A film of PLA (polylactic acid) plastic immediately after being placed in compost (left) and after one week in the compost (right). Embedded with an enzyme, the PLA plastic can biodegrade to simple molecules, making it promising as a future alternative to a non-degradable plastic. (Image: Adam Lau/Berkeley Engineering)

If only there were some kind of plastic-eating creature that roamed the world devouring our water bottles, food containers, cling film, grocery bags, straws, caps, broken toys, etc., the plastic waste problem filling our landfills, polluting our waterways, and floating through our very bloodstreams, might go away.

No one has created such a beast, sadly, but, thanks to the work of a small handful of researchers out of UC Berkeley, tomorrow’s plastics may be able to eat themselves. The team found a way to embed plastic-munching enzymes into plastics so that, with water and heat, they would break down completely, with not a trace of plastic left behind.

Polymer-breaking enzymes aren’t new — our bodies break down proteins and starches, both of which are polymers, every day. But a polymer-snipping enzyme placed atop a plastic degrades it more or less haphazardly, leaving plastic bits and pieces of various sizes unconsumed.

“That’s how you end up with microplastics,” said Aaron Hall, Founder and CEO of Intropic Materials and one of the former UC Berkeley researchers. “In our work, an enzyme grabs one end of a chain and starts pulling it through and cutting it, one by one. Then it will grab the next one and pull it through — in the end it’s completely cut up and in a systematic way.”

The effectiveness of the enzyme to reduce plastic to its origins means not much of it is needed in a plastic to make that plastic compostable — something between 0.02 and 1.5 percent. To enable the processing of their enzymes into plastics, they are coated with a water-soluble polymer that acts like PPE for the enzyme. These protected enzymes only activate when the plastic is submerged in water and hotter than 104 °F. The success of the concept won the UC Berkeley team SAE’s Create the Future Design Contest award in 2021.

After earning his PhD, Hall decided to turn the idea into a commercial product. “I did some soul searching,” he said. “I decided the world wants this and needs this and this is what I should be spending my time doing. I decided to take the plunge, and I’ve been at it ever since.” So, he started Intropic Materials.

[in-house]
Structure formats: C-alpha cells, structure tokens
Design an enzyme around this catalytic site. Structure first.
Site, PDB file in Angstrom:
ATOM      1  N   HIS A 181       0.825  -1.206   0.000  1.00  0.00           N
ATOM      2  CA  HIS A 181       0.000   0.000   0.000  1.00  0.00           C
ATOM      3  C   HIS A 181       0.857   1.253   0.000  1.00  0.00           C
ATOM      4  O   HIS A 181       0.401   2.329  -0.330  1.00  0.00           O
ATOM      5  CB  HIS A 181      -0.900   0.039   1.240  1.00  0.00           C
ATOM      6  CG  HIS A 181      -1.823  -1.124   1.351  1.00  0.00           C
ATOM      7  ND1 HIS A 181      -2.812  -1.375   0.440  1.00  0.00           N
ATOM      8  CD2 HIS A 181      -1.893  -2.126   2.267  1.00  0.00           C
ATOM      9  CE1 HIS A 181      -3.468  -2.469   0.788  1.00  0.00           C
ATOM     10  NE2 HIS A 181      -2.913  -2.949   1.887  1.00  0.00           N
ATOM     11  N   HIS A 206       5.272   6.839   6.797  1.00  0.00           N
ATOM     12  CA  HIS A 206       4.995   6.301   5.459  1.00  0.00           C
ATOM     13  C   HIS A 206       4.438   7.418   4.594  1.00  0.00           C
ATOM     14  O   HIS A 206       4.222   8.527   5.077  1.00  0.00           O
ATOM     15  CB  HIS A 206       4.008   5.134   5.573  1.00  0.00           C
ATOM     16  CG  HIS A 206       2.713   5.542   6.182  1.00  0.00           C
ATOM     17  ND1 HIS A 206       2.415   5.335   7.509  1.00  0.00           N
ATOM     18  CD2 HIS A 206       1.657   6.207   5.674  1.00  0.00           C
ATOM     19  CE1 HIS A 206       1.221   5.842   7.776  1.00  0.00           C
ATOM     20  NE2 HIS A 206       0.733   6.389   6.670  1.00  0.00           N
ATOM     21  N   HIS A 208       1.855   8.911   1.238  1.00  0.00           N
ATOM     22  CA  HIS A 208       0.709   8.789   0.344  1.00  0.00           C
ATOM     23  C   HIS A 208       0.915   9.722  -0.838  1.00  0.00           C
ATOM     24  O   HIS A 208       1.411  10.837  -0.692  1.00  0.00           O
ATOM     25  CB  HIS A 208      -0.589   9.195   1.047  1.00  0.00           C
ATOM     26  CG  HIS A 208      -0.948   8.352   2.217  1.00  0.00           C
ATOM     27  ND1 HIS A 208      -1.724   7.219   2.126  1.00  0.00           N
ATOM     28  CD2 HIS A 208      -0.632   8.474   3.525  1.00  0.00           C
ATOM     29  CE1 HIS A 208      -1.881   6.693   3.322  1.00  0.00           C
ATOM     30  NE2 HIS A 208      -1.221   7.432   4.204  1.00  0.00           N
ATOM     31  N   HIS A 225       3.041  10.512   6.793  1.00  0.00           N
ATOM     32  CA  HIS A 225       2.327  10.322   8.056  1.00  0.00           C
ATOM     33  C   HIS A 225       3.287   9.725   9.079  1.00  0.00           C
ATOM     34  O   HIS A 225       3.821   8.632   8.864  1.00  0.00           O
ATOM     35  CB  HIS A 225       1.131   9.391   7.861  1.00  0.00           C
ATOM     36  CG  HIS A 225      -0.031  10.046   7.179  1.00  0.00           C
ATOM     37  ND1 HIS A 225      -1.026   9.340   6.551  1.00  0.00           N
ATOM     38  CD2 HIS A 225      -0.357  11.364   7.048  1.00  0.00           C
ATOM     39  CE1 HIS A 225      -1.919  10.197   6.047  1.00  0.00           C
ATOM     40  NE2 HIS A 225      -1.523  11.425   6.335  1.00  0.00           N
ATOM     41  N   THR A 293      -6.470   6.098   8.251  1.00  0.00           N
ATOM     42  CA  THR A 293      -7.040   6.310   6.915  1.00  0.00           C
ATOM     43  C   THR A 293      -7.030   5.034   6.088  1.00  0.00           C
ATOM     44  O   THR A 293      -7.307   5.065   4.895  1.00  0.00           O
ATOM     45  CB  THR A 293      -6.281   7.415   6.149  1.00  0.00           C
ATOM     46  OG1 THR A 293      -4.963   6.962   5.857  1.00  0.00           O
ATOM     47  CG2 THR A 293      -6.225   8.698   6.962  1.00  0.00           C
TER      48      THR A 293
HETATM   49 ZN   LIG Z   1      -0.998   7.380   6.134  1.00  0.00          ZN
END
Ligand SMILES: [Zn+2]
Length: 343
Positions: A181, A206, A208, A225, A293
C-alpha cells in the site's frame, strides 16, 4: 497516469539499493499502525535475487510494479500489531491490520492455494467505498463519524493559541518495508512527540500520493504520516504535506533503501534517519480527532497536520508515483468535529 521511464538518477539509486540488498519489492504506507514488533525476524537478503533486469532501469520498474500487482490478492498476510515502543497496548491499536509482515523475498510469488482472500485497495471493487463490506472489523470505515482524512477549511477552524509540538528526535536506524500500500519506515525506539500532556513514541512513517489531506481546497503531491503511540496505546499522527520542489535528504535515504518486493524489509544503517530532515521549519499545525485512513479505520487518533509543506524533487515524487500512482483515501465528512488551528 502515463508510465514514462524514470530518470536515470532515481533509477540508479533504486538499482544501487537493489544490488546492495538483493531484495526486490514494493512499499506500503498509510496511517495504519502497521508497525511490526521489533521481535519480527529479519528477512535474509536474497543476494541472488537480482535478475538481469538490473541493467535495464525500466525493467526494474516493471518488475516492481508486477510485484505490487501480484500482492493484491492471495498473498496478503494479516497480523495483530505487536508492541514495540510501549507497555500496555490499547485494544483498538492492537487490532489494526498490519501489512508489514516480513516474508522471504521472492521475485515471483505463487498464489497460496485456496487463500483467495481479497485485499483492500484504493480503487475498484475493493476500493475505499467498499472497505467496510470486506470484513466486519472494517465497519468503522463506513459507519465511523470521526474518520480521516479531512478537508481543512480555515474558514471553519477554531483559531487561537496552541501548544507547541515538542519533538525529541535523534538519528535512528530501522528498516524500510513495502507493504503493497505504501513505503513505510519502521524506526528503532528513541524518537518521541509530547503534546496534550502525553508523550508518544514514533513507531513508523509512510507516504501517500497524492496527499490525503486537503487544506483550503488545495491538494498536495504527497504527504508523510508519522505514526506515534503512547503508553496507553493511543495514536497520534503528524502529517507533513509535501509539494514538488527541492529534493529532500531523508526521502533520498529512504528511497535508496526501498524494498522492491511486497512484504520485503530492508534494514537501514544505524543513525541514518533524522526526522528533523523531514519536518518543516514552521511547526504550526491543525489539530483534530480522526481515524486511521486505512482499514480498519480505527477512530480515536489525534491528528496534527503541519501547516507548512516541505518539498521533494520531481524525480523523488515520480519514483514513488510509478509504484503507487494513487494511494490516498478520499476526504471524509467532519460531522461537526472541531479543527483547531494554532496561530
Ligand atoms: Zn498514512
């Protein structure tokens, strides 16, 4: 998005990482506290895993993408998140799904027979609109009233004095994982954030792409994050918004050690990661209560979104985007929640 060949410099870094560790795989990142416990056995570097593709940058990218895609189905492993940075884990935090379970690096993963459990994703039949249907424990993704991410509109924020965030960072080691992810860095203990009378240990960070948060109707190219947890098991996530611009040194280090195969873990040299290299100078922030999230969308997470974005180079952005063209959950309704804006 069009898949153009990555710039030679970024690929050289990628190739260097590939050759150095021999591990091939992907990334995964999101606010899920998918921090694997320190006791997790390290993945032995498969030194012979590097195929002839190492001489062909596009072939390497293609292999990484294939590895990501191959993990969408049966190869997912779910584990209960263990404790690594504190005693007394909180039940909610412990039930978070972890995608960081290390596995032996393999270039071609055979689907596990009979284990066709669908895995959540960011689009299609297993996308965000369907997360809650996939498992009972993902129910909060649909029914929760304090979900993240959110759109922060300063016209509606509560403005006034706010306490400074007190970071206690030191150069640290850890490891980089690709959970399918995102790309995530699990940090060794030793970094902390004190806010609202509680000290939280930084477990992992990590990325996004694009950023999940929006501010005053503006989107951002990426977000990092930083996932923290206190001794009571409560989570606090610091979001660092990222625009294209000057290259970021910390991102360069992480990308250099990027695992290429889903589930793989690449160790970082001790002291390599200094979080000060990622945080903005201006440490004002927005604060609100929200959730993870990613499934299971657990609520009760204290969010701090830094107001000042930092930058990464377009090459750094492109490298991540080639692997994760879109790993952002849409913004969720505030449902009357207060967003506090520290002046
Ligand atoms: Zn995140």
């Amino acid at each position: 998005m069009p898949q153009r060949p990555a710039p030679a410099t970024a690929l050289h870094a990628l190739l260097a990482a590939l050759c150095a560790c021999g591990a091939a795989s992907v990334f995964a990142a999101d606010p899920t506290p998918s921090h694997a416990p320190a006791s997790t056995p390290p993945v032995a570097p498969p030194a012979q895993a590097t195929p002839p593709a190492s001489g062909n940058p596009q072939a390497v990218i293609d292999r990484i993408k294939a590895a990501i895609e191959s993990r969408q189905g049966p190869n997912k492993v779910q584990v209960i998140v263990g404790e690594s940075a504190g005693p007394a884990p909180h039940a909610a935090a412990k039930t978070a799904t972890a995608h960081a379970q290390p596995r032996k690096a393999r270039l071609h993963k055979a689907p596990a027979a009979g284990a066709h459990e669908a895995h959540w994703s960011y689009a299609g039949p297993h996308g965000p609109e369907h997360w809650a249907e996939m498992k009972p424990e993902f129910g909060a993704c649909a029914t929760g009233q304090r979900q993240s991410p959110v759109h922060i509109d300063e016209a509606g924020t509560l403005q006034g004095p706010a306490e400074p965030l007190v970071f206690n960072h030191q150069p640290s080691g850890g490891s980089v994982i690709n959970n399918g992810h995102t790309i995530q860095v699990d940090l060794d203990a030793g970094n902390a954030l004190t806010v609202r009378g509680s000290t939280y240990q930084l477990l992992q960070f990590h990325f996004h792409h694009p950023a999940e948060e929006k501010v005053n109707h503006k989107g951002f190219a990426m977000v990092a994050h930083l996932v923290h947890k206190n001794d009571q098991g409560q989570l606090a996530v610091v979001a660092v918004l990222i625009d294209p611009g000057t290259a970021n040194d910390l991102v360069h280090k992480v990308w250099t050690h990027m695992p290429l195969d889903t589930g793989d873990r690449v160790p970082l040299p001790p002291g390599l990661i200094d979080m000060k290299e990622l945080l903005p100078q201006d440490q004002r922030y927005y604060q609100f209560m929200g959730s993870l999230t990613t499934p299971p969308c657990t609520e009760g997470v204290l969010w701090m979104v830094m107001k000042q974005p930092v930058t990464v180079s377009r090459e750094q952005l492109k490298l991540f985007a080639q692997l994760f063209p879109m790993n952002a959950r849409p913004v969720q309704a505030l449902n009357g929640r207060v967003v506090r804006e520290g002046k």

Since winning the award from SAE, Hall has been busy establishing his business. Thanks to a fellowship from Activate Cyclotron Road, the company has been able to create its own lab at Lawrence Berkeley National laboratory. And they’ve hired a chemical engineer, Jolene Mattson, with extensive experience in process engineering to help ramp up from proof-of-concept basic research to commercial product.

At UC Berkeley, Hall and his colleagues used two naturally occurring enzymes. Now they’re exploring a range of natural and synthetic enzymes which may allow them to expand this self-destructing plastic idea to a wider array of plastics. They are also exploring which applications and environments are most appropriate for the use of these materials since water and heat together activate the plastics. “Thinking ahead, there are certainly opportunities to engineer and do clever tricks to adjust and account for those types of changes,” said Hall. “That’s coming down the pipeline.”

But long before that kind of finessing takes place, Hall and his researchers at Intropic Materials must figure out the best way to begin manufacturing their product in quantity. “We’re focusing on scaling up from grams to kilograms to tons and beyond so we can actually start getting these enzymes into the materials,” said Hall. “Plastic is this amazing material, but such a problem. We can do better.”

Michael Abrams is a science and engineering writer based in New Jersey.

Aaron Hall